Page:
Derrick Suwaima Davis - Ken Ross Photography
Courtesy Ken Ross Photography
Derrick Suwaima Davis is one of six dancers to catch on the pow wow trail as part of ICTMN's 2016 Hot List.

6 Dancers to Catch on the Pow Wow Trail: 2016 Hot List

Samuel White Swan-Perkins
8/8/16

The best dancers are spiritual and move us every time they move, connecting the earth, the sky, and our hearts to the movements of dance.

Here are six dancers to catch on the pow wow trail as part of  ICTMN's 2016 Hot List.

The Teacher - Norman Roach

Norman Roach - Facebook

Dancer, choreographer and flutist Norman Roach hails from Cheyenne River. Norman began dancing as a child— his mother was the legendary fancy shawl dancer Julia Roach— and he became a champion early on and continued to collect winnings from the 1950s through the 1970s. He also danced with the American Indian Dance Theatre, inspiring generations of actors and performance artists. He once even appeared on the beloved children’s television show Sesame Street.

Norman is a survivor of the boarding school system. He recalls spending nine months in school and in the summer months working the local pow wow circuit on horseback with his family. Motivated by the harsh treatment he witnessed of the children without families at his childhood school, Roach became an educator. “I try to keep a perspective and teach different audiences that we are all in this together. We are all related even to the animal world, we are all here together. I was set on this Earth probably to help with pow wows and Native American dance.”

The King of Hip-Hop - Supaman

Chris Parrish, a.k.a Supaman - AP Images

Known for his trademark look, which includes fancy dance regalia with a huge USDA Approved medallion, there’s no one in the game quite like Chris Parrish, a.k.a Supaman. A master of the MC, DJ and B-Boy hip-hop styles, Supaman, Crow, embodies an urban dance influence but still adheres to the traditional form. His merging of styles wasn’t planned, fate played a part in his amazing success when he was asked to perform on camera.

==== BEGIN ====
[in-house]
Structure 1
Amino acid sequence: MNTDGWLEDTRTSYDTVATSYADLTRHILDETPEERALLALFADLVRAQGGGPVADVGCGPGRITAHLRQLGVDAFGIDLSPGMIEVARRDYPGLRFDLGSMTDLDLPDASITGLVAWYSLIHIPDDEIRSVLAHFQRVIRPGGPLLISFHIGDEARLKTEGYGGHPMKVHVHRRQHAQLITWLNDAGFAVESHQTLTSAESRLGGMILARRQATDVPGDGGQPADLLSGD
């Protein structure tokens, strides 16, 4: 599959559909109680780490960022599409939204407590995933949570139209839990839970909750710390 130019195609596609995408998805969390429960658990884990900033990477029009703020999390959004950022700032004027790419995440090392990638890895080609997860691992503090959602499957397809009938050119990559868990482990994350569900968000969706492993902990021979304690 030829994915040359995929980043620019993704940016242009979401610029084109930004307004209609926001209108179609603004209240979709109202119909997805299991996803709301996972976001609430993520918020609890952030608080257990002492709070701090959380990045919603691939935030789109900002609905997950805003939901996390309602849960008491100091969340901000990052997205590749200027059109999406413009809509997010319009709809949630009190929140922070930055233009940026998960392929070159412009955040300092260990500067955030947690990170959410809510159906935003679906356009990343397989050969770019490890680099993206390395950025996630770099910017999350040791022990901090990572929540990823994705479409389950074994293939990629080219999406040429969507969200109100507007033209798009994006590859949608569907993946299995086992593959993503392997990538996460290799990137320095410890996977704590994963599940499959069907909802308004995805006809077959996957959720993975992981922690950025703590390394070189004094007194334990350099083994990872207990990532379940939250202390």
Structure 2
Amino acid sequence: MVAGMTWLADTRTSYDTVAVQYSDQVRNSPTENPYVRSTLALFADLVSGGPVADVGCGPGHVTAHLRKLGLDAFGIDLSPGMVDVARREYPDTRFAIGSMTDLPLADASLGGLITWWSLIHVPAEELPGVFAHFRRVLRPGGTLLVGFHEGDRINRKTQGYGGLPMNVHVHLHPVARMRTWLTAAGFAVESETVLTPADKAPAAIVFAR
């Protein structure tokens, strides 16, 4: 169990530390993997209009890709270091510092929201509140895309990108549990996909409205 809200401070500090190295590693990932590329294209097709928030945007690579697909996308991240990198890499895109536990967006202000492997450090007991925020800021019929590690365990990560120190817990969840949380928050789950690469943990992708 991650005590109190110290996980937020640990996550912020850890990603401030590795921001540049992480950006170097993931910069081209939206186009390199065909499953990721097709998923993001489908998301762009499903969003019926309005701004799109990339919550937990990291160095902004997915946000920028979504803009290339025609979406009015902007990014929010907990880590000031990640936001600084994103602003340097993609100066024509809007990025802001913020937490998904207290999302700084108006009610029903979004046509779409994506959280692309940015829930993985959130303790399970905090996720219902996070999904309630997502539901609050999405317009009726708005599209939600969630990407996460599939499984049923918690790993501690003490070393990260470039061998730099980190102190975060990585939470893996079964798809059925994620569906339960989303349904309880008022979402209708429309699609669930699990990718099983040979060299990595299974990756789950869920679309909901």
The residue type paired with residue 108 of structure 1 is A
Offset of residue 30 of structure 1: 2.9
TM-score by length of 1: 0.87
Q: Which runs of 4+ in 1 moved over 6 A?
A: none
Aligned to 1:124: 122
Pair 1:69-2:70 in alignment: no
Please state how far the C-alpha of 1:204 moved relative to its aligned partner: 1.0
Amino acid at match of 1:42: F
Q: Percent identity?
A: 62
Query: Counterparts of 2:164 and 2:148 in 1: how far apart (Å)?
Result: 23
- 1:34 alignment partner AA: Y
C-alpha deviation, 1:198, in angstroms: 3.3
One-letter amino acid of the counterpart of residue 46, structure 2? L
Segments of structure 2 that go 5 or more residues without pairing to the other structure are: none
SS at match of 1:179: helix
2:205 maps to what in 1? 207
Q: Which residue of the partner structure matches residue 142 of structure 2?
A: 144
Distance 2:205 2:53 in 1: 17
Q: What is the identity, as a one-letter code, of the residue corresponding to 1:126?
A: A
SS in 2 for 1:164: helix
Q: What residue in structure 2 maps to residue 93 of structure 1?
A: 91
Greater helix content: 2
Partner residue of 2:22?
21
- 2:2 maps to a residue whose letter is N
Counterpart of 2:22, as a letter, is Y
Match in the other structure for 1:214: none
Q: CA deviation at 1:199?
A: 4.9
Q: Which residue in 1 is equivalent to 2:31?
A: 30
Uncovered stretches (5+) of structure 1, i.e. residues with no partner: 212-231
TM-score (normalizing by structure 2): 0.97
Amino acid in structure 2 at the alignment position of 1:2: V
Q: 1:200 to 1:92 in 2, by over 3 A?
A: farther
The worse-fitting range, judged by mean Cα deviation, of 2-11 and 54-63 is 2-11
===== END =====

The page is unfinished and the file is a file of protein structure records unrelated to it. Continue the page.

"I danced first and then I was going to change into my civilian clothes to rap,” he told the Billings Gazette. “But there wasn’t any time, so I ended up just performing hip-hop in my fancy outfit, which was something different and the people really thought it was special."

In a music genre riddled with unrealistic messages; Supaman addresses substance abuse, absentee parents and suicide, themes all too familiar with the young people in too many communities, Native and non-Native alike.

The Prodigy - Tony Duncan

Tony Duncan - Courtesy Photo

Tony Duncan, San Carlos Apache/Arikara/Mandan and Hidatsa, a champion hoop dancer, musician, flutist and father, was taught to hoop dance by his father when he was 5. Now a five-time world champion with half a dozen music records under his belt, Duncan is a heavyweight contender in the competitive pow wow world. He mixes live music and hoop dance and has worked with mainstream performers such as Nelly Furtado and has performed around the world, with stops in Paris, London, Tokyo, Sweden, the Philippines, the Island of Malta, Toronto and Paraguay. A member of Yellow Bird Dancers, Duncan cites sobriety as a key component of his success:

“You have to have a set of goals. Then make the right decisions to attain those goals. I’ve always been drug and alcohol-free. I’ve never drank alcohol in my life— that’s something I am proud to say. Alcohol and drugs have always been one of those obstacles in the way of success for too many young people, Native or non-Native.”